Alan: I studied at William Patterson University, and Clark lived around the corner from that school. Long story short, I got to know him being at that university, and he was losing his sight at that time, I told Clark that I knew this young blind piano player that just started at the school and I was able to to bring him over to Clark's and they really kicked it off and they became really good friends. Justin was able to help Clark as much as Clark was able to help Justin musically.

This is your directorial debut but are you musician first?

Alan: Yeah I guess, I didn't know I was a director until a couple of years ago.

Well what brought you to the school?

Alan: I'm a drummer, and I was studying jazz at William Patterson University.

What was the transition to make it a film?

Alan: Well the film originally was an Australian documentary channel was trying to do a film about myself and Clark, and our relationship musically, but that fell through. That's where we got the idea, we were surfing one day and we were like maybe we could make it all ourselves. That was 5 years ago, we just saved up money, got some cameras, and started shooting.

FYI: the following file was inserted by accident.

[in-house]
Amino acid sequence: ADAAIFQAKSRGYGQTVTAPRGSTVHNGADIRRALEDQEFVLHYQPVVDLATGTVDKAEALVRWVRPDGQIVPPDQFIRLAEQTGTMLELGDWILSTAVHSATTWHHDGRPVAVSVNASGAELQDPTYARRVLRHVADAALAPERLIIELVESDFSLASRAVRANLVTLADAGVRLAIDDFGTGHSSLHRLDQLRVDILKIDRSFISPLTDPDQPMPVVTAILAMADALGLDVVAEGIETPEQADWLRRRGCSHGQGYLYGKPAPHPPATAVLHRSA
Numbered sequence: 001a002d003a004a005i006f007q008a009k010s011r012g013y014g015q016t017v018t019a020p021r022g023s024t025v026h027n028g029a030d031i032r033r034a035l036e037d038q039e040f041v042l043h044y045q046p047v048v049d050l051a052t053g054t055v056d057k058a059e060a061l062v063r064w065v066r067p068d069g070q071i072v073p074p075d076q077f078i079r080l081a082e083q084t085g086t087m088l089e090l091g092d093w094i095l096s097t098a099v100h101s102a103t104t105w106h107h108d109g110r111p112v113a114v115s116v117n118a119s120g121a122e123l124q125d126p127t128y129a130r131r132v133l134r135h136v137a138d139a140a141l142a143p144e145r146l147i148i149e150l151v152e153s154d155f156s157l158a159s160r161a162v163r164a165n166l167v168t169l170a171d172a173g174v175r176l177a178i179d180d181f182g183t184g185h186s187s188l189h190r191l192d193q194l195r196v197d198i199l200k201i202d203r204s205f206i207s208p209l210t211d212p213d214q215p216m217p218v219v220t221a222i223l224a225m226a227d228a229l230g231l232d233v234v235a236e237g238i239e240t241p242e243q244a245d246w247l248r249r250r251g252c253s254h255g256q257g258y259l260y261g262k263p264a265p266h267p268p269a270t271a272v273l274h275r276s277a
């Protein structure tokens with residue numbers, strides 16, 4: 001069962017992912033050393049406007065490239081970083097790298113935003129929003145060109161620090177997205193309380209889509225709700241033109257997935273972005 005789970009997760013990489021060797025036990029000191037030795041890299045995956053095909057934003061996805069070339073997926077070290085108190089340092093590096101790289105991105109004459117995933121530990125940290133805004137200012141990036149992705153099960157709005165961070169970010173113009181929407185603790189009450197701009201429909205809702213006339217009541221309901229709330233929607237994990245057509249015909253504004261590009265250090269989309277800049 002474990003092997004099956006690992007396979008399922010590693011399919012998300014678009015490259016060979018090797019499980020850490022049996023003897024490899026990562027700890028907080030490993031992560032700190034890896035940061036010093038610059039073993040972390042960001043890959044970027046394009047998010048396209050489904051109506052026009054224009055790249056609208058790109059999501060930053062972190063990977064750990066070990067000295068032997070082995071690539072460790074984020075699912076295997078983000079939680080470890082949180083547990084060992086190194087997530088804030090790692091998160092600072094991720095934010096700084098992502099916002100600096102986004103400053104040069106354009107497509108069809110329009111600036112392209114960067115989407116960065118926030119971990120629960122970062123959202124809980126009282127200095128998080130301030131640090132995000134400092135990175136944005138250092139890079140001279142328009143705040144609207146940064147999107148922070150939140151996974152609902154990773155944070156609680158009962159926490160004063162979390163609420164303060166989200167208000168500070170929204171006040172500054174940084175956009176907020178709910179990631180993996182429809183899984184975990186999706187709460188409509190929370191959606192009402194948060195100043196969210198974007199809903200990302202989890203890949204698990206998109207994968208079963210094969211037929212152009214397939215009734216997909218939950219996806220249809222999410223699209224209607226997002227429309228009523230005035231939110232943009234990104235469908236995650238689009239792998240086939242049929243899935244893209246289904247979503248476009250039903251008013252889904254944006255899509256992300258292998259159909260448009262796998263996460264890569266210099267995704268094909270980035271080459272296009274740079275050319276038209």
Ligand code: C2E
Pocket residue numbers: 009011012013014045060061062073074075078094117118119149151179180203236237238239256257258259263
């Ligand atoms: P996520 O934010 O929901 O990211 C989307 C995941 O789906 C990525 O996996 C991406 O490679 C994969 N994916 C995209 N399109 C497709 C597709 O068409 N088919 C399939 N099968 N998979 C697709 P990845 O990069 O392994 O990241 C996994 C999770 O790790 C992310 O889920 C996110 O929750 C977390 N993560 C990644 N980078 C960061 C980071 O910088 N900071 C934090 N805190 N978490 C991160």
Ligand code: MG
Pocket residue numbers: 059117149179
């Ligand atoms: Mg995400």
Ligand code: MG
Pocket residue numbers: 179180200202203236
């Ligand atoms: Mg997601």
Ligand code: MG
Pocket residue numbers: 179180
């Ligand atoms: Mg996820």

At what point did Quincy Jones as a producer come into the mix?

Alan: He actually walked into the film, we were on a shoot one day, which we've done hundreds of them with Justin and Clark and then we found out that Quincy was coming down with Snoop Dogg to record an album with Clark and we just couldn't believe it. This was a year and a half to two years ago.

Did Snoop Dogg appear in the film?

Alan: Snoop Dogg sprained his ankle and couldn't come, but Quincy was already on his way down, and it was this beautiful day, where Quincy was just able to hang out, his recording session got cancelled, he was able to meet Justin, he heard Justin play, and he was able to see his old teacher, and then he fell in love with Justin. That's how Quincy slowly became involved with the film and it was just fate. It's one of those weird things, it's hard to explain, he literally walked into it.

What surprised you about connecting with this legendary musician?

Alan: There's something about Clark's aura, whenever you walk into a room with Clark, we all feel that there is something about the guy. He just commands your attention, and anything he says is always some words of wisdom. You'll see it when you see the film.